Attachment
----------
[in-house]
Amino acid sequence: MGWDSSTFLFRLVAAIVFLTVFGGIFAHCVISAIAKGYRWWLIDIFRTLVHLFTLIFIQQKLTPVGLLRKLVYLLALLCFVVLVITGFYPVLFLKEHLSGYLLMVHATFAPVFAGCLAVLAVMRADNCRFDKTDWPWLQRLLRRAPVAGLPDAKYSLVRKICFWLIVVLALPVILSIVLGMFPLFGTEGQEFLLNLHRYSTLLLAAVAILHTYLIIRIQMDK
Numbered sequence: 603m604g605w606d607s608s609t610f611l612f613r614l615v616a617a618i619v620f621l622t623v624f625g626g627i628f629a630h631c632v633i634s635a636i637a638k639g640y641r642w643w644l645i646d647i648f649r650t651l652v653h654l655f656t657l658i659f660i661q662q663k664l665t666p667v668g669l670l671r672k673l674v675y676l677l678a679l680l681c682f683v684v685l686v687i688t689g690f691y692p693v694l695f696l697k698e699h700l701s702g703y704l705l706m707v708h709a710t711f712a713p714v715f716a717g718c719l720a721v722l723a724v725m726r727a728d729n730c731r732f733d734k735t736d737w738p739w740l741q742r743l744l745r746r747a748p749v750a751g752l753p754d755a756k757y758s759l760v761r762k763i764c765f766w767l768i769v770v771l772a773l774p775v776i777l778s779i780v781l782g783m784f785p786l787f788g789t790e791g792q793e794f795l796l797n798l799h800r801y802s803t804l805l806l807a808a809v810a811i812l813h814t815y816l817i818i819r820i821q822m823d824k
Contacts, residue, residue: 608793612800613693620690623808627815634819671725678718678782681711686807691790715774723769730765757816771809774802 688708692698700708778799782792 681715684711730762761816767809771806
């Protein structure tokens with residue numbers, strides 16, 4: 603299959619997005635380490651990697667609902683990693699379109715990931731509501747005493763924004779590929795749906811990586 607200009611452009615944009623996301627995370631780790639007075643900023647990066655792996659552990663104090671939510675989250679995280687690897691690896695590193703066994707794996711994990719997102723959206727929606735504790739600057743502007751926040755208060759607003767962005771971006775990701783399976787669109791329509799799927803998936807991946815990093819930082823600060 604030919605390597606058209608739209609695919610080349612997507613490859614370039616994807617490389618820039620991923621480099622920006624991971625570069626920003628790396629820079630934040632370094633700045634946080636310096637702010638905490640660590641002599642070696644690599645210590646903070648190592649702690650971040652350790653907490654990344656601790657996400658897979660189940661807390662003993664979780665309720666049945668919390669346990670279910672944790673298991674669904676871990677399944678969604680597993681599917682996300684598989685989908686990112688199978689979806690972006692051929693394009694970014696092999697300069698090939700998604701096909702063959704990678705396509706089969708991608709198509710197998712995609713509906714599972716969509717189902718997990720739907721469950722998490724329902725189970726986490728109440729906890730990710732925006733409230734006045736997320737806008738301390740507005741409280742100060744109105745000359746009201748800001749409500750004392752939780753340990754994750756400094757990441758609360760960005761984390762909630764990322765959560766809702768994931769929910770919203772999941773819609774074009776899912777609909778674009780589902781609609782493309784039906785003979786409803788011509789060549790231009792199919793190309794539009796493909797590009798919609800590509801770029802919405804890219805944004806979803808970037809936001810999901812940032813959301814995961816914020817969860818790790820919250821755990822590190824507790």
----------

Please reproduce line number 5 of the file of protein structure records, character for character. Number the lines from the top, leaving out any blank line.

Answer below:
């Protein structure tokens with residue numbers, strides 16, 4: 603299959619997005635380490651990697667609902683990693699379109715990931731509501747005493763924004779590929795749906811990586 607200009611452009615944009623996301627995370631780790639007075643900023647990066655792996659552990663104090671939510675989250679995280687690897691690896695590193703066994707794996711994990719997102723959206727929606735504790739600057743502007751926040755208060759607003767962005771971006775990701783399976787669109791329509799799927803998936807991946815990093819930082823600060 604030919605390597606058209608739209609695919610080349612997507613490859614370039616994807617490389618820039620991923621480099622920006624991971625570069626920003628790396629820079630934040632370094633700045634946080636310096637702010638905490640660590641002599642070696644690599645210590646903070648190592649702690650971040652350790653907490654990344656601790657996400658897979660189940661807390662003993664979780665309720666049945668919390669346990670279910672944790673298991674669904676871990677399944678969604680597993681599917682996300684598989685989908686990112688199978689979806690972006692051929693394009694970014696092999697300069698090939700998604701096909702063959704990678705396509706089969708991608709198509710197998712995609713509906714599972716969509717189902718997990720739907721469950722998490724329902725189970726986490728109440729906890730990710732925006733409230734006045736997320737806008738301390740507005741409280742100060744109105745000359746009201748800001749409500750004392752939780753340990754994750756400094757990441758609360760960005761984390762909630764990322765959560766809702768994931769929910770919203772999941773819609774074009776899912777609909778674009780589902781609609782493309784039906785003979786409803788011509789060549790231009792199919793190309794539009796493909797590009798919609800590509801770029802919405804890219805944004806979803808970037809936001810999901812940032813959301814995961816914020817969860818790790820919250821755990822590190824507790």